Excessive fluoride ingestion by young children can lead to dental fluorosis, which is a chalky white to even brown discoloration of the permanent teeth, usually on the front teeth.  Many children often get more fluoride than their parents realize. Being aware of a child's potential sources of fluoride can help parents prevent the possibility of dental fluorosis.

  • Too much fluoridated toothpaste at an early age.
  • The inappropriate use of fluoride supplements.
  • Hidden sources of fluoride in the child's diet.

Young children may not be able to spit out fluoride-containing toothpaste when brushing. As a result, they may ingest an excessive amount of fluoride during tooth brushing. Toothpaste ingestion during this critical period of permanent tooth development is the greatest risk factor in the development of fluorosis.

Excessive and inappropriate intake of fluoride supplements may also contribute to fluorosis. Fluoride drops and tablets should not be given to infants younger than six months of age. After that time, fluoride supplements should only be given to children after all of the sources of ingested fluoride have been accounted for and upon the recommendation of your dentist.

Certain foods and drinks that are manufactured in fluoridated citiescan contain high level of fluoride.  This is another source of fluoride if it is in the foods or drinks.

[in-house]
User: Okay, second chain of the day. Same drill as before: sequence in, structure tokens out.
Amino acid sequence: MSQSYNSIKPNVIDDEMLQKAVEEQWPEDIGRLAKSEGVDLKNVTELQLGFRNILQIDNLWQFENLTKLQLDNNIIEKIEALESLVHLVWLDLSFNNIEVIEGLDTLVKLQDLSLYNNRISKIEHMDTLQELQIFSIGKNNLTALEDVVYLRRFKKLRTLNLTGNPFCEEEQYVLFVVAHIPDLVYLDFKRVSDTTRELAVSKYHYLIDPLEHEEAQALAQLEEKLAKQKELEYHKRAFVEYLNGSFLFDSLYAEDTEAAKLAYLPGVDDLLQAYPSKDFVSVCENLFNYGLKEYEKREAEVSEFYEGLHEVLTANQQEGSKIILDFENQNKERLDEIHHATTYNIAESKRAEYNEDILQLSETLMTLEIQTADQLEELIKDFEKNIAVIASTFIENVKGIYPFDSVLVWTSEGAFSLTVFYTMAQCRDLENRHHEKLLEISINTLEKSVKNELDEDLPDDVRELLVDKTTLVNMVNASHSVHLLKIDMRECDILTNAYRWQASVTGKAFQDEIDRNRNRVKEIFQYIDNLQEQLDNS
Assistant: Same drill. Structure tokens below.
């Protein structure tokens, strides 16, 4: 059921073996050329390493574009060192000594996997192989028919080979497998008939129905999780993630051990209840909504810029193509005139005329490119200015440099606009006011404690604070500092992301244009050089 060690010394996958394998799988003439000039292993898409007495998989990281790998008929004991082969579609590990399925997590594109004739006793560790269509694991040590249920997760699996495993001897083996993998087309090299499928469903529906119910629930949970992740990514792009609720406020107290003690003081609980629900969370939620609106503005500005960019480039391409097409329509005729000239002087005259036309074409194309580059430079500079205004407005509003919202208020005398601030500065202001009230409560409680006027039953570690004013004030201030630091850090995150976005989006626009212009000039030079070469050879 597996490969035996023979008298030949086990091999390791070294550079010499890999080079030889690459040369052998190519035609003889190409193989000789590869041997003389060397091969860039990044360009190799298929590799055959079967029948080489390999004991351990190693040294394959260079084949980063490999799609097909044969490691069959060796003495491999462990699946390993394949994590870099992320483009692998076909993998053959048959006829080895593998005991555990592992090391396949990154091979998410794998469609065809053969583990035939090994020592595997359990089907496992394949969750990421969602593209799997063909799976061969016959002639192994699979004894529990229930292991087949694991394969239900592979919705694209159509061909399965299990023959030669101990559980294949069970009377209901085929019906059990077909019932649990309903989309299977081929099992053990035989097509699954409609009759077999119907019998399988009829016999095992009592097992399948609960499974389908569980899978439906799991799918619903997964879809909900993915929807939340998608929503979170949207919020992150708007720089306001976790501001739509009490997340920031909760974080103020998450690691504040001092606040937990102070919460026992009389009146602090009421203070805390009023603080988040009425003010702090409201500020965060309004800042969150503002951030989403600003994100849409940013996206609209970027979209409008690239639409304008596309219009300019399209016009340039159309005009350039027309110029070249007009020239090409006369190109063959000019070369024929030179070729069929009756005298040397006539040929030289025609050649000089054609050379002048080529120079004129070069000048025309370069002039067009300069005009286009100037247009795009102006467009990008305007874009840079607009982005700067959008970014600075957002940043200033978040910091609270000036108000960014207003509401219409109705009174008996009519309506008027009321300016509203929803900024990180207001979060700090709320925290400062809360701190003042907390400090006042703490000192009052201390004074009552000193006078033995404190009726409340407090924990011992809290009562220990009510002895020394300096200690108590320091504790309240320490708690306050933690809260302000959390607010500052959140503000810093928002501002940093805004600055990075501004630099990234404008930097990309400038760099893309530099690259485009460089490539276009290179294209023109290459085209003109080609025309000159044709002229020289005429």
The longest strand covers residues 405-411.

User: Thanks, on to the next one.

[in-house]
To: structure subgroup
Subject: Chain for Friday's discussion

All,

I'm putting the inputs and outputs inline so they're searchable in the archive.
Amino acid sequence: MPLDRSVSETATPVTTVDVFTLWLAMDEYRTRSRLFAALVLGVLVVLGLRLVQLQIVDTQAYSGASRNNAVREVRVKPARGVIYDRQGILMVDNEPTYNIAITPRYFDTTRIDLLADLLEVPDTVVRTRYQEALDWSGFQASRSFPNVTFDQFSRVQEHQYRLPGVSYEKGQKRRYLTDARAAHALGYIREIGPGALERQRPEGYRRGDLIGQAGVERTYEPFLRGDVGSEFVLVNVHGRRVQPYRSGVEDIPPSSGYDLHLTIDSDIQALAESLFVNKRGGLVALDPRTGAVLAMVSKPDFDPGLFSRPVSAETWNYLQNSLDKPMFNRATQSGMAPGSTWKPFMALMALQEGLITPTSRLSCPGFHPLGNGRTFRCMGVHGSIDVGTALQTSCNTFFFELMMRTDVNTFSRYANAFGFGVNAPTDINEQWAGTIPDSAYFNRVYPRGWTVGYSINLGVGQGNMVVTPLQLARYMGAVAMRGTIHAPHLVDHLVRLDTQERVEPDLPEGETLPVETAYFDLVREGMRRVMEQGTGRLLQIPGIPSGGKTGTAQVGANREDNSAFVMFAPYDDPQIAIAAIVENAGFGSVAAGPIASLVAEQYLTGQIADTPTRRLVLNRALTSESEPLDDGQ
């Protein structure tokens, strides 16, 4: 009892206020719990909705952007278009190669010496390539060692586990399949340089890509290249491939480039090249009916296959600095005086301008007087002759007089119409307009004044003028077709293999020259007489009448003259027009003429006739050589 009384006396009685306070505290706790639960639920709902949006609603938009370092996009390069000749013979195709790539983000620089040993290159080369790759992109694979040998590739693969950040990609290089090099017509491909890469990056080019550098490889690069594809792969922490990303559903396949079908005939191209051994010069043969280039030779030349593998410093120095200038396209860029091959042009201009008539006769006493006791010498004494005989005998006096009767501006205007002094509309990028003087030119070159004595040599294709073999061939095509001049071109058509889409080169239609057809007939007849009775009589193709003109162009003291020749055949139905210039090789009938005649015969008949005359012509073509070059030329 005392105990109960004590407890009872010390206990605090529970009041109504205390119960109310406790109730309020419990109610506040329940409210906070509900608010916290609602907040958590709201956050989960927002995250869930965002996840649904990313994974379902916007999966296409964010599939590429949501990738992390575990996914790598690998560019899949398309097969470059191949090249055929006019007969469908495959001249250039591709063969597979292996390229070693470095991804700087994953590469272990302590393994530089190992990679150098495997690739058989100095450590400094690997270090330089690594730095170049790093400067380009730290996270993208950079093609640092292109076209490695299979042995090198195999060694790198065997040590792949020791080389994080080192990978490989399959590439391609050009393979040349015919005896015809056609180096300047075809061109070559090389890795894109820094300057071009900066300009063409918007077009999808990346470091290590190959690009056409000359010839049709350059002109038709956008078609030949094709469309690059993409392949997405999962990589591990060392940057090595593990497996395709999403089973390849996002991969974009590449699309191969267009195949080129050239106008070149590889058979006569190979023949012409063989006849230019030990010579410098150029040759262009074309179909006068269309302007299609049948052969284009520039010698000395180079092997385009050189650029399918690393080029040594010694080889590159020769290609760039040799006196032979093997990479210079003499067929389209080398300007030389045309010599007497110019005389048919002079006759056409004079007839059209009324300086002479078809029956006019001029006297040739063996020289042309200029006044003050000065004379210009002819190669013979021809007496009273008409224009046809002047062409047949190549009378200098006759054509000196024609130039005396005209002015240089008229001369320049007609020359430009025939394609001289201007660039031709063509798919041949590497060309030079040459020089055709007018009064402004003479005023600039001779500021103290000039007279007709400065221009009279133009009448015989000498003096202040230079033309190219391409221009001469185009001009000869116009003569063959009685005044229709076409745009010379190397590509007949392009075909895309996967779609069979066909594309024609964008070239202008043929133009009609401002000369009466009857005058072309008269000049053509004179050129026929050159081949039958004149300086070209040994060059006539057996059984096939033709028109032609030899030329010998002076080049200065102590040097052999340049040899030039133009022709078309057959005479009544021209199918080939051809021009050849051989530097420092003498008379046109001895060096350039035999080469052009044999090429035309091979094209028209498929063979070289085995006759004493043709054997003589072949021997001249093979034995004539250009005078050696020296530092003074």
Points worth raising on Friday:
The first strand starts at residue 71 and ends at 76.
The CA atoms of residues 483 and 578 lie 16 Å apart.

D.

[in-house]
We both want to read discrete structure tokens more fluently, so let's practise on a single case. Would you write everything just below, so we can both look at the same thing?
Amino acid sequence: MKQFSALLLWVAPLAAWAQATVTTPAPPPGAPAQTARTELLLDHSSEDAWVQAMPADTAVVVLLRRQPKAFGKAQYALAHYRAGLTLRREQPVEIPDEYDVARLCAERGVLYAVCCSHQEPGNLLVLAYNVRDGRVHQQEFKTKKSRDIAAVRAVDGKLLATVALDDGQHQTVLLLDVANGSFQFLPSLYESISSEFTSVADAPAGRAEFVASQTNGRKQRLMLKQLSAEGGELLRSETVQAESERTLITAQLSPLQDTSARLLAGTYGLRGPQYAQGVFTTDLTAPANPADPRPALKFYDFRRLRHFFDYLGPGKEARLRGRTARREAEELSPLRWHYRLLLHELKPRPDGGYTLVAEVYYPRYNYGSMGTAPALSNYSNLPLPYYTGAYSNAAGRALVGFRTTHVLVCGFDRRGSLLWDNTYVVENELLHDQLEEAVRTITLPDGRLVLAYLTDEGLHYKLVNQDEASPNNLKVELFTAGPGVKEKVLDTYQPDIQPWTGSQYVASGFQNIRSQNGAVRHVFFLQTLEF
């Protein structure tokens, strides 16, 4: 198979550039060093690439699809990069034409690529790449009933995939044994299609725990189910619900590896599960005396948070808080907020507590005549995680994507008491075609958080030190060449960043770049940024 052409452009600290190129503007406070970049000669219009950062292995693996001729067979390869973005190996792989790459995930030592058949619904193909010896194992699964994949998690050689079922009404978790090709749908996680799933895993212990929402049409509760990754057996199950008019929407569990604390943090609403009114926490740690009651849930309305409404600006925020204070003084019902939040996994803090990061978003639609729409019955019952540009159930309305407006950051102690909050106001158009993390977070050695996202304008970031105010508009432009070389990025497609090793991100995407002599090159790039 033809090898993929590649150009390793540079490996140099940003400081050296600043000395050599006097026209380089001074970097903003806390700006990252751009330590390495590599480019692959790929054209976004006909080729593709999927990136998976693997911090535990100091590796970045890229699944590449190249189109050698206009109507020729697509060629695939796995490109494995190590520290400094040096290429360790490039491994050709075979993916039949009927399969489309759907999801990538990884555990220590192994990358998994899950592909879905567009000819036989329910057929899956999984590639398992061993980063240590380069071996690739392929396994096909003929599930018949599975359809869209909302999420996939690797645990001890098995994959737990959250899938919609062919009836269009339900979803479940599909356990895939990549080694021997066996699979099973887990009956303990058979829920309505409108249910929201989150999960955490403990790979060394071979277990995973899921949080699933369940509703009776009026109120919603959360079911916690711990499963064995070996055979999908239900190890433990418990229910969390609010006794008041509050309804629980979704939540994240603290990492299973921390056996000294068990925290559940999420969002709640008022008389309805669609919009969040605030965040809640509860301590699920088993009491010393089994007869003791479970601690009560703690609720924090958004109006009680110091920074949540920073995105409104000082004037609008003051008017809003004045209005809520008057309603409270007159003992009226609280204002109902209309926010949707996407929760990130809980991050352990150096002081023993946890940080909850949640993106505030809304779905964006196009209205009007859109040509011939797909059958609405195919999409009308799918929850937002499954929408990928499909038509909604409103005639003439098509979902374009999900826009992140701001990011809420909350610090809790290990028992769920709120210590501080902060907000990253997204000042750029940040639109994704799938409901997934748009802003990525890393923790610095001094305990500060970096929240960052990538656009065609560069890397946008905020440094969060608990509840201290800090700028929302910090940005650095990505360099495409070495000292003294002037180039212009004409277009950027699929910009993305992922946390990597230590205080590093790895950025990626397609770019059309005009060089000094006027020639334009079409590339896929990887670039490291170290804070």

Apart from fluoride, any other agents can help to prevent decay in children's teeth?

Chlorhexidine is an antiseptic that is commonly used in mouthwashes.  Chlorhexidine gel has been commonly used and is documented safe for caries control in children.  Scientific evidence has shown that regular use of chlorhexidine gel significantly reduces and eliminates the decay causing bacteria (mutans streptococci) and subsequently reduce the caries risk in high caries risk children.   The gel (pea-sized amount) is brushed on the teeth either once a week or daily.  Chlorhexidine should only be given to children upon the recommendation of Dr Vicky or your dentist.

"Tooth Mousse" Casein phosphopeptide stabilised amorphous calcium phosphate (CPP-ACP) is a new form of calcium phosphate developed whereby the calcium and phosphate ions (teeth minerals) are held in a bioavailable form using milk protein casein phosphopeptides.  This CCP-ACP can help to slow down decay progression and promote regression of early stages of decay.  It is available in creme in a variety of flavours (GC Tooth Mousse) or in a sugar-free chewing gum (Recaldent).  

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It has been shown in numerous scientific literature that children with high caries risk benefit from the tooth mousse.  The tooth mousse can be applied easily by smearing a small amount of tooth  mousse over the teeth by toothbrush.  Application at night before bed after normal toothbrushing is recommended.  

The tooth mousse is documented safe to use in children and does not interfere with the actions of fluoride products.  It should only be prescribed to high-caries risk children by dental professionals.  Children should not use tooth mousse if they have a sensitivity or allergy to milk protein, dairy products and hydroxybenzoates.  

Copyright 2007 by Chermside Paediatric Dental Care